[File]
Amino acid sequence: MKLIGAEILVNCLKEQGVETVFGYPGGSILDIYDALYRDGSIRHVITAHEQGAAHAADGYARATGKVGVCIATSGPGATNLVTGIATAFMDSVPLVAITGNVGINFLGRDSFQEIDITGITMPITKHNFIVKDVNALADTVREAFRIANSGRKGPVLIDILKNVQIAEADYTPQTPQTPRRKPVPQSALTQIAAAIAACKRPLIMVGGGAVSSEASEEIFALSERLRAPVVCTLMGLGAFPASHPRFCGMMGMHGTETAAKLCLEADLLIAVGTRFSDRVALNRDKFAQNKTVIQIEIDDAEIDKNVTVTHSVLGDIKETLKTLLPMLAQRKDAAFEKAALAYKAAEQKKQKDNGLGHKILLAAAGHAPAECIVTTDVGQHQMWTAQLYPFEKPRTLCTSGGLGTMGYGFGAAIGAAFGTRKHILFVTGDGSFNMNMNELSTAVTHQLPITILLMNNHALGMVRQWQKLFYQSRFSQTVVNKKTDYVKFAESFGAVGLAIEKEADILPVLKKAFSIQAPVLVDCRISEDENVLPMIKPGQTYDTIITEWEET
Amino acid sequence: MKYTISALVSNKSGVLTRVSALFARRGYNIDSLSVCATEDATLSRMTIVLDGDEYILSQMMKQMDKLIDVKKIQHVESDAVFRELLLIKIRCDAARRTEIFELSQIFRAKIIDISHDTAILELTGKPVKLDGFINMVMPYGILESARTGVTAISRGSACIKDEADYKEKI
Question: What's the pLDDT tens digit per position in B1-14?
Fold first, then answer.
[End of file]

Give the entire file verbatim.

Amino acid sequence: MKLIGAEILVNCLKEQGVETVFGYPGGSILDIYDALYRDGSIRHVITAHEQGAAHAADGYARATGKVGVCIATSGPGATNLVTGIATAFMDSVPLVAITGNVGINFLGRDSFQEIDITGITMPITKHNFIVKDVNALADTVREAFRIANSGRKGPVLIDILKNVQIAEADYTPQTPQTPRRKPVPQSALTQIAAAIAACKRPLIMVGGGAVSSEASEEIFALSERLRAPVVCTLMGLGAFPASHPRFCGMMGMHGTETAAKLCLEADLLIAVGTRFSDRVALNRDKFAQNKTVIQIEIDDAEIDKNVTVTHSVLGDIKETLKTLLPMLAQRKDAAFEKAALAYKAAEQKKQKDNGLGHKILLAAAGHAPAECIVTTDVGQHQMWTAQLYPFEKPRTLCTSGGLGTMGYGFGAAIGAAFGTRKHILFVTGDGSFNMNMNELSTAVTHQLPITILLMNNHALGMVRQWQKLFYQSRFSQTVVNKKTDYVKFAESFGAVGLAIEKEADILPVLKKAFSIQAPVLVDCRISEDENVLPMIKPGQTYDTIITEWEET
Amino acid sequence: MKYTISALVSNKSGVLTRVSALFARRGYNIDSLSVCATEDATLSRMTIVLDGDEYILSQMMKQMDKLIDVKKIQHVESDAVFRELLLIKIRCDAARRTEIFELSQIFRAKIIDISHDTAILELTGKPVKLDGFINMVMPYGILESARTGVTAISRGSACIKDEADYKEKI
Question: What's the pLDDT tens digit per position in B1-14?
Fold first, then answer.